Programming for kids
Posted on 28 Apr 2009 at 12:02
MySQL fan Ian Wrigley discusses computer programming for children, and goes back in time with linux.
Some of us are old - very, very old. Some of us remember teaching kids to program in a language called Logo which was, in its simplest form, a language used to control the movements of a "turtle" (actually a small triangular icon) on the computer screen. As the kids learned more of the language and grasped the building blocks of programming such as looping, they could begin to create prettier and prettier graphics. Eventually, of course, real life came calling, and beat them up for being such nerds. Such is the hard life of a budding computer programmer.
Lest I get a ton of angry emails, let me declare right now that, yes indeed, I do know that Logo was capable of far more than prancing turtles. As the Wikipedia article on the subject says, some people considered Logo to be Lisp without the irritating parentheses. But at that time, drawing cool graphics on the screen was as far as most people ever got with it. Anyway, Logo is now long gone as far as most people are concerned, and since the advent of the web, the Wii, the iPhone and all the other wonders of the modern world, no-one has the time to learn a programming language when all they're going to get out of it at the end is a few primitive patterns. If you're going to teach kids to program nowadays you've got to find something that will allow them to build real-looking applications as fast as possible.
The problem is that nowadays "real-looking" means looking like a proper Macintosh or Windows application, and unless you're a sucker for punishment then you don't want to start trying to teach an eight-year-old Objective-C and Cocoa, or the object model of the Windows Foundation Classes (at least you wouldn't want to do that with any of the eight-year-olds I know). What's really needed is something that will allow you to program in a "friendly" language and yet will make it really easy to put things such as buttons and graphics onto the screen. And that's exactly what Shoes is.
Don't be put off by its silly name - it really is an environment in which you can create full-scale programs that include graphics, buttons, animation, links to websites, text input areas and basically most of the things you'd find in any "real" Mac or Windows program. You write your code in a text editor, open it up in Shoes, and if you haven't made any mistakes it will immediately run. Then, once you're happy with everything, you can package it up into a single file and - here's the really great thing - that file (called a Shy, believe it or not) will run on a Mac, on Windows or on a Linux box.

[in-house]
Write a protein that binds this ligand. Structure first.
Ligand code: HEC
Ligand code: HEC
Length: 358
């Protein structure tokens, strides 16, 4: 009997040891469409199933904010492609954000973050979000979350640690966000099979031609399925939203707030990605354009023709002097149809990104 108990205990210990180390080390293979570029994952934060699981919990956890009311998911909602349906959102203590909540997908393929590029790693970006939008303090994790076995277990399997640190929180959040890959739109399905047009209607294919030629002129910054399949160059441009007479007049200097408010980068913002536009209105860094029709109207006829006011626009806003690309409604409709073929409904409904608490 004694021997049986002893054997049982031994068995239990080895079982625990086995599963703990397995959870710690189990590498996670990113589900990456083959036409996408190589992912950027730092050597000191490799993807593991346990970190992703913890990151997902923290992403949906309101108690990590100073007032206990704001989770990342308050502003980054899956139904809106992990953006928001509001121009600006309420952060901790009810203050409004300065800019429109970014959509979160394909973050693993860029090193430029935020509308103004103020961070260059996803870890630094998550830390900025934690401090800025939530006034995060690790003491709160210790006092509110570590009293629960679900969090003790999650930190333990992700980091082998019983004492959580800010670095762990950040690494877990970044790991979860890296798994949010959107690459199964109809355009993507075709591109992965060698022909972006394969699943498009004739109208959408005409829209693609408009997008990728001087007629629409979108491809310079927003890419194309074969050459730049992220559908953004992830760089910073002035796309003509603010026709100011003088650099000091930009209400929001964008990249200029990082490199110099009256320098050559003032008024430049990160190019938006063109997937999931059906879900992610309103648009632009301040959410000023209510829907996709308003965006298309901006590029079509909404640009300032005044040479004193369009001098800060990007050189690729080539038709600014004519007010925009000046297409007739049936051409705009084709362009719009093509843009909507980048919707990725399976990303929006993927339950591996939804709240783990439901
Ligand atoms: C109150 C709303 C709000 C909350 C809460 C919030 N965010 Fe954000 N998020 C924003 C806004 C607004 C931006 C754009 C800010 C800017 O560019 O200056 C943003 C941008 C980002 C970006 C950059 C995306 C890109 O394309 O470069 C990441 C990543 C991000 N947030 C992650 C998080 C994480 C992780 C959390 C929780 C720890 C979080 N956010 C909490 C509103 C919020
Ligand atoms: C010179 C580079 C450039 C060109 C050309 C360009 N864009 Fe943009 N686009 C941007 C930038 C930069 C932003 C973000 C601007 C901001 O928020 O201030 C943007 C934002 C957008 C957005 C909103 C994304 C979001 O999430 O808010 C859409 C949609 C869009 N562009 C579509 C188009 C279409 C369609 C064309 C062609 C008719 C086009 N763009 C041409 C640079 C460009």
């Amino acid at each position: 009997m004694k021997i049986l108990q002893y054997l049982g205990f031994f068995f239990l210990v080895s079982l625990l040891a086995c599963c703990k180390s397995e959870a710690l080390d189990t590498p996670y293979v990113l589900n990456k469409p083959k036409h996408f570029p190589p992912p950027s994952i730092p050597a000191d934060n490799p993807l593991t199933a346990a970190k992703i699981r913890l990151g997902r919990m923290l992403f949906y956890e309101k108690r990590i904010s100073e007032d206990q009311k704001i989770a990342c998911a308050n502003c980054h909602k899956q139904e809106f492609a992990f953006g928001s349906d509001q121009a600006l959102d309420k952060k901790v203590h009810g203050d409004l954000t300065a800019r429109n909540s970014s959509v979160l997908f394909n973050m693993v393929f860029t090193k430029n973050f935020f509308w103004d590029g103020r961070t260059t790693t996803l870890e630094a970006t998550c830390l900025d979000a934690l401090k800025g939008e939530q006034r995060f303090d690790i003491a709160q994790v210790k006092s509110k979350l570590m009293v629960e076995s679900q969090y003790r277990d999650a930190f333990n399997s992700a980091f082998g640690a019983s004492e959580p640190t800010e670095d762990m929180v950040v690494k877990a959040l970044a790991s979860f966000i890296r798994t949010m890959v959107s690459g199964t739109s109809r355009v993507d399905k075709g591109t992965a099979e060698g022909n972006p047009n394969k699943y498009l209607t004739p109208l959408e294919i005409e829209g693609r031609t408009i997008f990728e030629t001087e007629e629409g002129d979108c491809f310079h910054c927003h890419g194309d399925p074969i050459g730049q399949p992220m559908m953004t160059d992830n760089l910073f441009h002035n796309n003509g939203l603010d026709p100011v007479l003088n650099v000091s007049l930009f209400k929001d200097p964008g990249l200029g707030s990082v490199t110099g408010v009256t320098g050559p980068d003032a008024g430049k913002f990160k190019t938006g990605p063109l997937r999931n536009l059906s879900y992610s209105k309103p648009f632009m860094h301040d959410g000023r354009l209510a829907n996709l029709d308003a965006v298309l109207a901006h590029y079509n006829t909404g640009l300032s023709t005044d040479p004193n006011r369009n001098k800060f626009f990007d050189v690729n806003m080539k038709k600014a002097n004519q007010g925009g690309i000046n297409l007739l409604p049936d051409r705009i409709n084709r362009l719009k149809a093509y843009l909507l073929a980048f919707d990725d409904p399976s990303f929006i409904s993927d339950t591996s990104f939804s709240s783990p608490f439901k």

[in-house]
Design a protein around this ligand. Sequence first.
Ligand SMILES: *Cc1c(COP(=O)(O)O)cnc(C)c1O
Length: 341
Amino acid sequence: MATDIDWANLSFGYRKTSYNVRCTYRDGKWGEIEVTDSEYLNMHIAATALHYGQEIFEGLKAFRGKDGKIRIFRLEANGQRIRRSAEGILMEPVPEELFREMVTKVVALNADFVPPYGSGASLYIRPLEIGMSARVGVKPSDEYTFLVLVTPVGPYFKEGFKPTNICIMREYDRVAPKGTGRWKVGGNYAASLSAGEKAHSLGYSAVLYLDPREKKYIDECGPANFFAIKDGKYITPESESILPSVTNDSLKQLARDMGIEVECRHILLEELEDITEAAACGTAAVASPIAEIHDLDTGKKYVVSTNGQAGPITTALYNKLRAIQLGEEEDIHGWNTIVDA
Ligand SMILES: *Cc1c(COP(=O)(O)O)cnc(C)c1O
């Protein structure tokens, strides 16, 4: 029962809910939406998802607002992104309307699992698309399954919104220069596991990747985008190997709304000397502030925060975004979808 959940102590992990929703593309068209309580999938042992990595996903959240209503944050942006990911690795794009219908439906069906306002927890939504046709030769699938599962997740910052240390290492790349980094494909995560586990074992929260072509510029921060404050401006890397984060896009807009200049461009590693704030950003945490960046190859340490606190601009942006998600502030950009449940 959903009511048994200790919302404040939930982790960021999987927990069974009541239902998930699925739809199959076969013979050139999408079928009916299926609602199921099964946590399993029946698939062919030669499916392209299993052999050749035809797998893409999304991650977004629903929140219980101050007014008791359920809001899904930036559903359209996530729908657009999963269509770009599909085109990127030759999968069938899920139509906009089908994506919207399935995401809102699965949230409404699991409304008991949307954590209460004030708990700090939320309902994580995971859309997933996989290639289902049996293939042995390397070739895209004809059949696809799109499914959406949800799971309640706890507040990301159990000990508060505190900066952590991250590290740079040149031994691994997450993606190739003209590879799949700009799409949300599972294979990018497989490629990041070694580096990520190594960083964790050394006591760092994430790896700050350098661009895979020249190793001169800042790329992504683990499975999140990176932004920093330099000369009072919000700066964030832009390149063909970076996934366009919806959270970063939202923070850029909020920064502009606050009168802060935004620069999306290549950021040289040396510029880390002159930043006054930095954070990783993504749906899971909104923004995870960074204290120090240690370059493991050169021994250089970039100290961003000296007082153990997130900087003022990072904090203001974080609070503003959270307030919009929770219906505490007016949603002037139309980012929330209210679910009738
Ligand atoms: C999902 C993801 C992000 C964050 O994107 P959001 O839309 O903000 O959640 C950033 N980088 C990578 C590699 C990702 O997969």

If those names, Shoes, Shy and so on all sound a little twee, well I'm afraid they just are. Shoes was developed by a guy who goes by the name "_why" (sic) (or do I mean sick?) complete with that underscore character. His full name is "why the lucky stiff" (all in lower case, naturally), and if you're a Ruby aficionado you'll recognise the name because he's the person who wrote a free-to-download book called Why's (poignant) Guide To Ruby, which was full of little illustrations and supposedly funny asides. Personally, I found it intensely irritating, but maybe that means I just don't have a sense of humour. However, since Real World Editor Dick Pountain finds it even more intensely irritating, then maybe neither of us has a sense of humour or maybe it really is intensely irritating.
Despite all its toe-curling archness Shoes really is an amazing piece of work, and if you're looking to teach someone to program it's definitely worth your while taking a look at it. The language in which you write your programs is Ruby, which is a good start since it's relatively easy to pick up the basic Ruby concepts and it isn't some academic novelty that you'll have to forget as you move on to more advanced programming. Ruby is now being used all over the world as both a web development language and a general-purpose scripting language, and you can write full-blown Mac applications in it. The performance of the current version 1.8 is good enough, but when version 1.9 is released this year its souped-up bytecode interpreter will put it on a par with C#. In short, Ruby isn't going to go away any time soon. But even without knowing more than a tiny smattering of Ruby you can immediately create a graphical front-end for your program simply by following the basic instructions on the Shoes website.
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